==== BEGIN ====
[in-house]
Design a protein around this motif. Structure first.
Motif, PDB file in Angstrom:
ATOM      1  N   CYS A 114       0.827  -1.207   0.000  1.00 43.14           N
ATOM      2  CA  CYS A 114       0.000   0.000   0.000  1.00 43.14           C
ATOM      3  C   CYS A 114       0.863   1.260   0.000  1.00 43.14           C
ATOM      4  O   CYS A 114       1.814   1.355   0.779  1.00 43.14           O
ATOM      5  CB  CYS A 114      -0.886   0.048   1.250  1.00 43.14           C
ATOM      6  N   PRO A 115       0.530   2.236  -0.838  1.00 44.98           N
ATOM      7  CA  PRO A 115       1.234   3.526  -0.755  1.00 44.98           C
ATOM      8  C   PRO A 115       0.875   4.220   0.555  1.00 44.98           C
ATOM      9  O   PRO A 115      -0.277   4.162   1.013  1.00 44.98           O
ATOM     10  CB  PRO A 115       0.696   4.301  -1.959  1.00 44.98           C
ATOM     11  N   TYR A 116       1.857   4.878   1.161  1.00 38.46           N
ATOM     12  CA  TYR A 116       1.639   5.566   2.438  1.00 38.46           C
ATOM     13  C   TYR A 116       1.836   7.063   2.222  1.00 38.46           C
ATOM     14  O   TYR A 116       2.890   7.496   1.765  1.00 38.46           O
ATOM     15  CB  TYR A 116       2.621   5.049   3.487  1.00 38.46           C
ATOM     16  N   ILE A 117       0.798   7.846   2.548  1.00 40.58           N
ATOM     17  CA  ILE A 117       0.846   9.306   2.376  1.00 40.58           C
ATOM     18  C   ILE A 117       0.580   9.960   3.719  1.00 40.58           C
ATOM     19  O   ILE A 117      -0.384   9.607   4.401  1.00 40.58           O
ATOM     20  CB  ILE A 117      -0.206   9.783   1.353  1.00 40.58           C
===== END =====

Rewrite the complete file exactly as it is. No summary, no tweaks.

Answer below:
[in-house]
Design a protein around this motif. Structure first.
Motif, PDB file in Angstrom:
ATOM      1  N   CYS A 114       0.827  -1.207   0.000  1.00 43.14           N
ATOM      2  CA  CYS A 114       0.000   0.000   0.000  1.00 43.14           C
ATOM      3  C   CYS A 114       0.863   1.260   0.000  1.00 43.14           C
ATOM      4  O   CYS A 114       1.814   1.355   0.779  1.00 43.14           O
ATOM      5  CB  CYS A 114      -0.886   0.048   1.250  1.00 43.14           C
ATOM      6  N   PRO A 115       0.530   2.236  -0.838  1.00 44.98           N
ATOM      7  CA  PRO A 115       1.234   3.526  -0.755  1.00 44.98           C
ATOM      8  C   PRO A 115       0.875   4.220   0.555  1.00 44.98           C
ATOM      9  O   PRO A 115      -0.277   4.162   1.013  1.00 44.98           O
ATOM     10  CB  PRO A 115       0.696   4.301  -1.959  1.00 44.98           C
ATOM     11  N   TYR A 116       1.857   4.878   1.161  1.00 38.46           N
ATOM     12  CA  TYR A 116       1.639   5.566   2.438  1.00 38.46           C
ATOM     13  C   TYR A 116       1.836   7.063   2.222  1.00 38.46           C
ATOM     14  O   TYR A 116       2.890   7.496   1.765  1.00 38.46           O
ATOM     15  CB  TYR A 116       2.621   5.049   3.487  1.00 38.46           C
ATOM     16  N   ILE A 117       0.798   7.846   2.548  1.00 40.58           N
ATOM     17  CA  ILE A 117       0.846   9.306   2.376  1.00 40.58           C
ATOM     18  C   ILE A 117       0.580   9.960   3.719  1.00 40.58           C
ATOM     19  O   ILE A 117      -0.384   9.607   4.401  1.00 40.58           O
ATOM     20  CB  ILE A 117      -0.206   9.783   1.353  1.00 40.58           C